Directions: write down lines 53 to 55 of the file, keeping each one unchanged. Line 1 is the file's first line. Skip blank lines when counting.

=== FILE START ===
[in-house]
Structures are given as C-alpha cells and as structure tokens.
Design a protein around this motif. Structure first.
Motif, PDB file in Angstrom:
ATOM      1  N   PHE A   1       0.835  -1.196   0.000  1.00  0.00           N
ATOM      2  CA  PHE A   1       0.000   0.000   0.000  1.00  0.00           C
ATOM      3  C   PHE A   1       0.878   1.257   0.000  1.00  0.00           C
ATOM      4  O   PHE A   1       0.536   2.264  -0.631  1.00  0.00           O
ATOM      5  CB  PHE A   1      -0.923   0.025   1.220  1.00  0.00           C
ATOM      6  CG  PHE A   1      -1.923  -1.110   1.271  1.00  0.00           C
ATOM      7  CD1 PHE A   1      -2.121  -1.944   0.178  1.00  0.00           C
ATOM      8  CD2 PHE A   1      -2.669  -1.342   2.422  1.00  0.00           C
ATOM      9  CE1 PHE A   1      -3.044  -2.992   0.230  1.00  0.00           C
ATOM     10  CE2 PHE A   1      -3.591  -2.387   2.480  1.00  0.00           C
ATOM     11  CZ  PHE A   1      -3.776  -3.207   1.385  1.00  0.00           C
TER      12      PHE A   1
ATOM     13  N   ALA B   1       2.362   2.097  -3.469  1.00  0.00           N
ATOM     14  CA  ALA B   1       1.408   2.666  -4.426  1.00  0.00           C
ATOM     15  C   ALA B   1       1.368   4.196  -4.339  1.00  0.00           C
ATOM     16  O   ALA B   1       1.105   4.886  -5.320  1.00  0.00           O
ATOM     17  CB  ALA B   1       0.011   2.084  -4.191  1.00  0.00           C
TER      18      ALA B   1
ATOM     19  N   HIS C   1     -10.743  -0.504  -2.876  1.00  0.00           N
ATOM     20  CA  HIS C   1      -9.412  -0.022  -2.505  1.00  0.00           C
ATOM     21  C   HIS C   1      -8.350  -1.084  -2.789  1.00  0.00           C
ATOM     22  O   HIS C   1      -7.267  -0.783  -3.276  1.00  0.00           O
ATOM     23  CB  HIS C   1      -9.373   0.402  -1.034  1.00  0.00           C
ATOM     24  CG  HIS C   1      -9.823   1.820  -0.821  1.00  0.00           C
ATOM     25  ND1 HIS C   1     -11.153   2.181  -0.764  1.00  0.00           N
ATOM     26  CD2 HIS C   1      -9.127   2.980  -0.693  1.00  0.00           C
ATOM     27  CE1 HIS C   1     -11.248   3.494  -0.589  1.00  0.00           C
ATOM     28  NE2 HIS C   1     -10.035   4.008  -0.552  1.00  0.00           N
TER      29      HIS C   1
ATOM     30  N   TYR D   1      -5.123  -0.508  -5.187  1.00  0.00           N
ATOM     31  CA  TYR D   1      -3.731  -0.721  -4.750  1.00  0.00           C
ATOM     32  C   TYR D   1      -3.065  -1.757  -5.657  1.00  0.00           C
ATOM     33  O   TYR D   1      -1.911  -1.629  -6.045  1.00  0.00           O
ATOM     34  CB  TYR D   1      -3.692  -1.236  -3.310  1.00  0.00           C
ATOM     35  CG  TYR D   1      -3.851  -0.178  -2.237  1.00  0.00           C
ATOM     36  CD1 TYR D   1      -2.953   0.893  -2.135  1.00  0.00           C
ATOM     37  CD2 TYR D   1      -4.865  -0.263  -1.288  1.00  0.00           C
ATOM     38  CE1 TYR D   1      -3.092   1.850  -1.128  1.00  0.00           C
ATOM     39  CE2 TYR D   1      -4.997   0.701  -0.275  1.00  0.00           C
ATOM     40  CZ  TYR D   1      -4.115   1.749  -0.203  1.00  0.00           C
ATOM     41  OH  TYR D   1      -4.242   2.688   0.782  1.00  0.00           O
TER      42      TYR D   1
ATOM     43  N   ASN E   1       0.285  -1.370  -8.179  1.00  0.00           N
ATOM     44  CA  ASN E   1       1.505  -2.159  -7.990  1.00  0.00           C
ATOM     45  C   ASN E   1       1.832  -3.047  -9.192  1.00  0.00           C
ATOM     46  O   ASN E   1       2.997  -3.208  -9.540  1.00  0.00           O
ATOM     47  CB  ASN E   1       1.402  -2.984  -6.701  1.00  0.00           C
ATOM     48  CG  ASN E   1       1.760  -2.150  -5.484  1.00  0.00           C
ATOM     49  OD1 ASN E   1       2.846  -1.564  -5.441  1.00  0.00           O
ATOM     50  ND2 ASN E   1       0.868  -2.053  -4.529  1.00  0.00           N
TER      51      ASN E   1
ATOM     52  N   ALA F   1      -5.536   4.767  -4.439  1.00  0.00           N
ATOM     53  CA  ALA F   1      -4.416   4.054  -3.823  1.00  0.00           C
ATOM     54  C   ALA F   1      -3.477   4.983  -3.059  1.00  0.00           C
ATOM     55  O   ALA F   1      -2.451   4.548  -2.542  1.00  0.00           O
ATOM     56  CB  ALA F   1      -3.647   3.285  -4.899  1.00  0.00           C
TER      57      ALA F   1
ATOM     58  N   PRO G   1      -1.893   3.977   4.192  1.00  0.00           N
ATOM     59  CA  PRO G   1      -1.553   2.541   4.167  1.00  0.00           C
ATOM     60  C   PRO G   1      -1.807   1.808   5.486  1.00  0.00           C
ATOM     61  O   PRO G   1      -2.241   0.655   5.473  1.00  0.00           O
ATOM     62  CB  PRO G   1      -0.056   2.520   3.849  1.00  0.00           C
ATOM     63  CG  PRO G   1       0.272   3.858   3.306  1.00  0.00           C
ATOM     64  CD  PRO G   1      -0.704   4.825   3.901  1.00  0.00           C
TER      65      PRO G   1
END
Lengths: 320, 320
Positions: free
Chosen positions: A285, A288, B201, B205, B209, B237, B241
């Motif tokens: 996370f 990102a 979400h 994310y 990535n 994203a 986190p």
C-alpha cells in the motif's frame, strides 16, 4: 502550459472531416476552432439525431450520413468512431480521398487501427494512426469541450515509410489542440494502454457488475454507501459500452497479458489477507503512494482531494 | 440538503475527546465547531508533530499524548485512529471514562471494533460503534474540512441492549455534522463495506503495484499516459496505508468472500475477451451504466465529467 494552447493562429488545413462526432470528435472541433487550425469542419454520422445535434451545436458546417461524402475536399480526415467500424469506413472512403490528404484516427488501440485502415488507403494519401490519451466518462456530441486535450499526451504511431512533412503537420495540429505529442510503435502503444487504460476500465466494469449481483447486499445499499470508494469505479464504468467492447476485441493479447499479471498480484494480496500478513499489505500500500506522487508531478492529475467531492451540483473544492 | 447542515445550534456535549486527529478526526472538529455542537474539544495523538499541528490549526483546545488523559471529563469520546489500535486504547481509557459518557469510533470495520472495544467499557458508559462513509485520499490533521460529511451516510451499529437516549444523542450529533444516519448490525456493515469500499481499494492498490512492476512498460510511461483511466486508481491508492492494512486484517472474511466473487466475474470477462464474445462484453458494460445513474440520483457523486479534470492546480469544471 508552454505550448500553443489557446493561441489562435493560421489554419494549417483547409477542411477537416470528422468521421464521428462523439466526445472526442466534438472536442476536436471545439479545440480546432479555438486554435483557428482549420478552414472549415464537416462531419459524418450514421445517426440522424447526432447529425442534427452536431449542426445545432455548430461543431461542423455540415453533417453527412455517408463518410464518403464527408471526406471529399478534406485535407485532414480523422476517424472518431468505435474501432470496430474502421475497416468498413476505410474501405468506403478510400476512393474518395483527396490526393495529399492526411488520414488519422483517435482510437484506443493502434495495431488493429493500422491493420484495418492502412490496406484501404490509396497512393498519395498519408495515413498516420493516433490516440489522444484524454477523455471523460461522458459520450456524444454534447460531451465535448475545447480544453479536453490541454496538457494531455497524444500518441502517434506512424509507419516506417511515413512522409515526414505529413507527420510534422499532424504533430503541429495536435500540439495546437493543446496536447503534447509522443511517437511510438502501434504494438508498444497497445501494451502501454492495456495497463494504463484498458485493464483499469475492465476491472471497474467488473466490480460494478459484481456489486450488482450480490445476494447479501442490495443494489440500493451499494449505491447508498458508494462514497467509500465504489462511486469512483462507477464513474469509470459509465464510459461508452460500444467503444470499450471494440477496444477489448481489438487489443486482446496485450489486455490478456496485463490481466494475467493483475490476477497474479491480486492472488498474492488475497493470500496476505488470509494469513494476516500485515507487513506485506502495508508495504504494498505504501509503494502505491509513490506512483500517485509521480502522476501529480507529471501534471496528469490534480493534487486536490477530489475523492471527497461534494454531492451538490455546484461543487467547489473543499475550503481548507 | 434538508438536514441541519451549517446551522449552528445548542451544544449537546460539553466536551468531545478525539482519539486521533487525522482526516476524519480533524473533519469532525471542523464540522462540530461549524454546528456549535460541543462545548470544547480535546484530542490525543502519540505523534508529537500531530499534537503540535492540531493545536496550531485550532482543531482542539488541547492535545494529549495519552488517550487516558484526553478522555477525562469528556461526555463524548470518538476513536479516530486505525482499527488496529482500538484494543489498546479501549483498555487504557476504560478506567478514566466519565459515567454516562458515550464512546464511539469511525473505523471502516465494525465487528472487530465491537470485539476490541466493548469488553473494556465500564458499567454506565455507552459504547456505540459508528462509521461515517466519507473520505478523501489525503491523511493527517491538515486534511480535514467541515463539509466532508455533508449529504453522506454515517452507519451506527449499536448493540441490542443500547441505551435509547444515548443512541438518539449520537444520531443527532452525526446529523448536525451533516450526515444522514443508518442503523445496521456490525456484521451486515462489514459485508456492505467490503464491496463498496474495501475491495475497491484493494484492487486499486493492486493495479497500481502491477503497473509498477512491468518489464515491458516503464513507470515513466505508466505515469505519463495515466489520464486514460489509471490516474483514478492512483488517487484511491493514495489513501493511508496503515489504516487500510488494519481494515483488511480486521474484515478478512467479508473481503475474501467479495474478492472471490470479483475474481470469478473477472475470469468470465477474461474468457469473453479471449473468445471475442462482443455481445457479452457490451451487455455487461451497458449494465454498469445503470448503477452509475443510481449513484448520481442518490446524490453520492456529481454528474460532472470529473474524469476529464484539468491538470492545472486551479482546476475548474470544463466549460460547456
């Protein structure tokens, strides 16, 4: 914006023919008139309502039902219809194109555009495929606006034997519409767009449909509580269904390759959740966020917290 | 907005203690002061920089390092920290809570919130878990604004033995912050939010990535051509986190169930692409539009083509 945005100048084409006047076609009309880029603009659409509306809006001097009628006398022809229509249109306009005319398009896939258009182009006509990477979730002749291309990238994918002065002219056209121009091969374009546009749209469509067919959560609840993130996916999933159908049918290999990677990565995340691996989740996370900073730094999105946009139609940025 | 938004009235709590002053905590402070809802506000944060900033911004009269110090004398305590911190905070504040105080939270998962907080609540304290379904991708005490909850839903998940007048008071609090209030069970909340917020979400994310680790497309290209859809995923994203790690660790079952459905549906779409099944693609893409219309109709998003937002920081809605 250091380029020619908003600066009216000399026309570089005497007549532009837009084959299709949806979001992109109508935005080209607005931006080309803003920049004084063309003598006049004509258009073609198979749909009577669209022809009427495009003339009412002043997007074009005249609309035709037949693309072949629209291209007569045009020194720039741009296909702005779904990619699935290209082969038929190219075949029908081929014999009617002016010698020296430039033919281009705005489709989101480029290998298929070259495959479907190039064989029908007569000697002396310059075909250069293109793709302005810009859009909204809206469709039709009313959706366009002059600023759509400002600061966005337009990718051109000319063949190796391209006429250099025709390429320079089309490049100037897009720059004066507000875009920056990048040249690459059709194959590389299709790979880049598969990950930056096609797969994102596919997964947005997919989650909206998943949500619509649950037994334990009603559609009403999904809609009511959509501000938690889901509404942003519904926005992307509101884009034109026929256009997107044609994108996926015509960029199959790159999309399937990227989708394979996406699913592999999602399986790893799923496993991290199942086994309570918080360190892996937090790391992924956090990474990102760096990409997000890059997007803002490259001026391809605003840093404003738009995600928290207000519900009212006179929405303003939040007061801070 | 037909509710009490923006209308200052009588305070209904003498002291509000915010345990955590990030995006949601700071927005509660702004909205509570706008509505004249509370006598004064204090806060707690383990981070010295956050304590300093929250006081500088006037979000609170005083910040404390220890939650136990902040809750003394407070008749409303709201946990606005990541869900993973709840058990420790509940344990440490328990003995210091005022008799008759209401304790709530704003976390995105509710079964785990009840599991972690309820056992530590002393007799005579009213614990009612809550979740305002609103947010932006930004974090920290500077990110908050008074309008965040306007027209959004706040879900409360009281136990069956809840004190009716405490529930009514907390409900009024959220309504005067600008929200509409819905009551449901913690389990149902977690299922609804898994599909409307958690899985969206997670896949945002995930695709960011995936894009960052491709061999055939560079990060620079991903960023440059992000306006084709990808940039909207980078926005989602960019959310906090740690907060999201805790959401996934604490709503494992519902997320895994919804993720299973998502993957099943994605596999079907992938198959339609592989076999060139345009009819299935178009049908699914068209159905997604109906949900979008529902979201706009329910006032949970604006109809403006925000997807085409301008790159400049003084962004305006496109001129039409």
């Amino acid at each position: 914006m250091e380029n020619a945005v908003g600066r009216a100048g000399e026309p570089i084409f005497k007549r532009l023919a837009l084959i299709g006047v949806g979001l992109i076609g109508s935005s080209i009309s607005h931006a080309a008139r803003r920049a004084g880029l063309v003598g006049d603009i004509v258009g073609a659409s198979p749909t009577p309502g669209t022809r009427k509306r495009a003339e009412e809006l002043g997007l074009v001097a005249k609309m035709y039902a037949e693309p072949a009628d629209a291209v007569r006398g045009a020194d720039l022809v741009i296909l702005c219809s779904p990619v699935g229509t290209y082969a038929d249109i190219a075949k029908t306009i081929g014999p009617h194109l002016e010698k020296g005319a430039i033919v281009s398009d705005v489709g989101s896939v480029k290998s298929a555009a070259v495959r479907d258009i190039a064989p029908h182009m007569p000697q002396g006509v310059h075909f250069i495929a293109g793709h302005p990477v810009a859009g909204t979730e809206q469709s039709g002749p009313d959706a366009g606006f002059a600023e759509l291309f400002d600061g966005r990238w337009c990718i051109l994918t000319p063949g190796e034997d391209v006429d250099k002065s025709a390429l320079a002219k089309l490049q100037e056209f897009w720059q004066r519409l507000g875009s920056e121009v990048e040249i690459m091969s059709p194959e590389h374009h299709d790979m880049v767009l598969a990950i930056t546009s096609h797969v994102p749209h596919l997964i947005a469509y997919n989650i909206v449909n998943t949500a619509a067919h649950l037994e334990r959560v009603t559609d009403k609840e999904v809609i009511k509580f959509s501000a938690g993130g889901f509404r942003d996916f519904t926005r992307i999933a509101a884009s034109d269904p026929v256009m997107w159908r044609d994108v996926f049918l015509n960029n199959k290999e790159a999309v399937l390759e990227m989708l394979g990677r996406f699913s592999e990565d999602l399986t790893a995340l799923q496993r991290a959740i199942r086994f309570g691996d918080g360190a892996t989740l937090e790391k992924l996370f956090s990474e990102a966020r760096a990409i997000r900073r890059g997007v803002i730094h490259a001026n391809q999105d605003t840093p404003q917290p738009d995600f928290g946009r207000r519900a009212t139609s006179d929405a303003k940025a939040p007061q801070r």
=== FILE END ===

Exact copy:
ATOM     49  OD1 ASN E   1       2.846  -1.564  -5.441  1.00  0.00           O
ATOM     50  ND2 ASN E   1       0.868  -2.053  -4.529  1.00  0.00           N
TER      51      ASN E   1